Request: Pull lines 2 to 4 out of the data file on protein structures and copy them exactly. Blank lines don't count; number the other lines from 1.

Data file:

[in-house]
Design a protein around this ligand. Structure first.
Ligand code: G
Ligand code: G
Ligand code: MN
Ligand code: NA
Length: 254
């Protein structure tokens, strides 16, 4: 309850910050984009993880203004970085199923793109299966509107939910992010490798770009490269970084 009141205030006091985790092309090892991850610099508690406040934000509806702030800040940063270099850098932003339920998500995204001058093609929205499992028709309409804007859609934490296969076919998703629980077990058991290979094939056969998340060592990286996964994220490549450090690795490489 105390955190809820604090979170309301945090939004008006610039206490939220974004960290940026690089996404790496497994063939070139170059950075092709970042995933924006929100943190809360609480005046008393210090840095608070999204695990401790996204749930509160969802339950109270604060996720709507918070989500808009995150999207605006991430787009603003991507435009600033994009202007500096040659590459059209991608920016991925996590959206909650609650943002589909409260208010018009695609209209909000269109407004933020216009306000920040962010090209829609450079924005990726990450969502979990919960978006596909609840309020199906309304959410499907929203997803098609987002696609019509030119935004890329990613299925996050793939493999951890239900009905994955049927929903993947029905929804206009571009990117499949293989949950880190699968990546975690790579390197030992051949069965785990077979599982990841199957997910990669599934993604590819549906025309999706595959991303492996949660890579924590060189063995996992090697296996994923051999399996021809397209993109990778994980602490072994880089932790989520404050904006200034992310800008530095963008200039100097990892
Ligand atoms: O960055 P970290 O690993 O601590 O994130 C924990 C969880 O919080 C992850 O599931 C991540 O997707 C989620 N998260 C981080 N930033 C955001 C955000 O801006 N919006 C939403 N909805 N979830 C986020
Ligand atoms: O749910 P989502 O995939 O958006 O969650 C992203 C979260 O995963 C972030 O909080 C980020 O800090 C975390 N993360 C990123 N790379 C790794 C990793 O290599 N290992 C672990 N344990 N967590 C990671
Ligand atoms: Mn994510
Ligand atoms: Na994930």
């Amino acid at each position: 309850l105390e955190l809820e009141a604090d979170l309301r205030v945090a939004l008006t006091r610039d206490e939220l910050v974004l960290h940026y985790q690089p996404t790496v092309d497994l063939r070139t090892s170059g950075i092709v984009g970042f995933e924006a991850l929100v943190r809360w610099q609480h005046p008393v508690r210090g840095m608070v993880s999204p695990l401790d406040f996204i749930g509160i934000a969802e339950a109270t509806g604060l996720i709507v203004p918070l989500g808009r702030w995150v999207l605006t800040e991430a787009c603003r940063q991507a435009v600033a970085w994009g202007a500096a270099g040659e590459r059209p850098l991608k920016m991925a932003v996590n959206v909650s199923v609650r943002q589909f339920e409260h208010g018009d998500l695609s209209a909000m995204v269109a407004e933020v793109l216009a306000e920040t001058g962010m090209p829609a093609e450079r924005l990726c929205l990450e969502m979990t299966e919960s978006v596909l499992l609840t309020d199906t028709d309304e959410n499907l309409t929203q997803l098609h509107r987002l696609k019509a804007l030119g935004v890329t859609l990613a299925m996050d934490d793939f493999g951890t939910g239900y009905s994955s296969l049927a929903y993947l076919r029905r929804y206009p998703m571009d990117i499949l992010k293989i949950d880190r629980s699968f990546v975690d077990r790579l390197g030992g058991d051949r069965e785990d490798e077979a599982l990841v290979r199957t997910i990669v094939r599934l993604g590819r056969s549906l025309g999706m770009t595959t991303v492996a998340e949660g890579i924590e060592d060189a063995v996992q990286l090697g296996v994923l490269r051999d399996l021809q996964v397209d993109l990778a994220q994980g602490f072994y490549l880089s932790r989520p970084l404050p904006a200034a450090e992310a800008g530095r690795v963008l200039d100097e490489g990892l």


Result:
Design a protein around this ligand. Structure first.
Ligand code: G
Ligand code: G